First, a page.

The Kursk by Sasha Janowicz
Two Stage Whispers reviewers have recently seen The Kursk during its extensive tour.
Jay McKee saw The Kursk during its La Boite season at Roundhouse Theatre, Brisbane.
Hayes Gordon taught that great theatre is a brilliantly crafted script breathed to life by inspired, sensitive actors. Peripherals like set, sound and lighting need be no more than essential and supportive.
The Kursk is a perfect example:
Sasha Janowicz’s script is lean, immediate, and its love focus engages us. The cast of six rivet our attention every moment of the drama.
Michael Futcher’s set looks substantial is skeletal and adaptable. Jason Glenwright devised one of the simplest but cleverest lighting designs I have seen; his use of and-held torchlight effects magnified the claustrophobia we shared with the stranded submariners. And the eerie Luke Lickford soundscape sucked us into the Arctic depths.
Eugene Gilfedder was in his element as the anguished Admiral Popov whose dilemma was to try to save his trapped sailors or to avoid an international incident as new information flowed in. Julienne Youngberry’s bewilderment broke our hearts: Olga, the new wife of a trapped sailor desperately awaited the news whether he was among the living or the dead. The other four players worked brilliantly as an ensemble to cover seventeen more key roles in this naval tragedy.
The play runs a tight 80 minutes without interval. At the end the audience sat silent and reflective, needing time to resurface. Our distress and confusion was compounded by a brief slide show depicting the real people who had been caught in the tragedy.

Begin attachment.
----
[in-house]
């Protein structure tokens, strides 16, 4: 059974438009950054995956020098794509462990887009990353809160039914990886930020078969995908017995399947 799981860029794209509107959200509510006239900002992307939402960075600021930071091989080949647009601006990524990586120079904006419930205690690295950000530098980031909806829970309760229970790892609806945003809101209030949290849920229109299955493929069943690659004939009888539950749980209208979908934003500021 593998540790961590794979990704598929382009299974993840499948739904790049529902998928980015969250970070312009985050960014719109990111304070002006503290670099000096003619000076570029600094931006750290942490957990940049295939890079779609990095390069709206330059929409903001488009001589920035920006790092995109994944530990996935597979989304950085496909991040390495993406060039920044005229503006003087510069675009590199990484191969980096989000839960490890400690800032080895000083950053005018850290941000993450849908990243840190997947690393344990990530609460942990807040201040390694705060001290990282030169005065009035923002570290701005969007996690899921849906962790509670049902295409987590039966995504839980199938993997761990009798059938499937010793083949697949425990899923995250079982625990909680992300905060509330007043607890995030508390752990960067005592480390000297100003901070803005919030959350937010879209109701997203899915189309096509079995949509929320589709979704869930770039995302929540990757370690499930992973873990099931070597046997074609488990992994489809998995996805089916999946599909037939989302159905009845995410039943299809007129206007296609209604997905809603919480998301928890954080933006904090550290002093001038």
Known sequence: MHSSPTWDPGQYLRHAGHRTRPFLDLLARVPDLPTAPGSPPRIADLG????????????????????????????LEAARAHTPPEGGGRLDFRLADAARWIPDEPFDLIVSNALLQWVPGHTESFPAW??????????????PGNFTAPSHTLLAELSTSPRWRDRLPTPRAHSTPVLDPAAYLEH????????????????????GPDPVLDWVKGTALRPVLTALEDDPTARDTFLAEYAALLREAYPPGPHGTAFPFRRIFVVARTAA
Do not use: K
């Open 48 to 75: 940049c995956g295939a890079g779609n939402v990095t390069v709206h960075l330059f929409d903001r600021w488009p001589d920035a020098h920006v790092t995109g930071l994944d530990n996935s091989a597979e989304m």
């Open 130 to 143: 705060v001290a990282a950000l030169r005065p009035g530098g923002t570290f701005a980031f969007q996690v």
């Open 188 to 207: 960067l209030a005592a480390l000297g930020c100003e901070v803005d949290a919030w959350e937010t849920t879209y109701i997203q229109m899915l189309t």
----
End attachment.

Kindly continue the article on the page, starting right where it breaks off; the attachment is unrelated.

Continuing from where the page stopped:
Plays of this calibre are what we expect from the West End or Broadway. This was a local production. The Kursk was developed by Matrix Theatre (a Brisbane independent company), toured nationally under Critical Stages banner.
(Just for the record, the Russian premiere of this play will take the stage before the end of 2009, a feather in Australian theatre’s cap.)
Ken Cotterill saw The Kursk at JUTE Theatre, Cairns
The Kursk is a riveting play based on the actual disaster of the sinking of a Russian submarine in August, 2000. The tragic story is told by six actors on a simple set complimented by sound effects, appropriate lighting and time–lines projected on to a back screen.
The play had an unusual start in that the entire cast, so well costumed, sat and stared at the audience for a good five or more minutes before the action began. Powerful stuff indeed.
Playwright Sasha Janowicz plays of one of the seamen in this tight drama that is enriched by powerful performances from Eugene Gilfedder, as a stressed Russian Admiral, and Julienne Youngberry, as the wife of one of the doomed submariners.
Edward Foy and Dirk Hoult gave good performances as Russian sailors, both as Kursk submariners and as would-be rescuers in submersibles, while Amanda Mitchell was also superb.
The play runs without a break and rightly so. Full credit must go to playwright Sasha Janowicz for his extensive research on the Kursk disaster and to director Michael Futcher for telling the story so effectively and convincingly on a simple set with minimum props.
This production of The Kursk is an example of what a dramatic medium theatre can be. Simply put, this is theatre at its very best.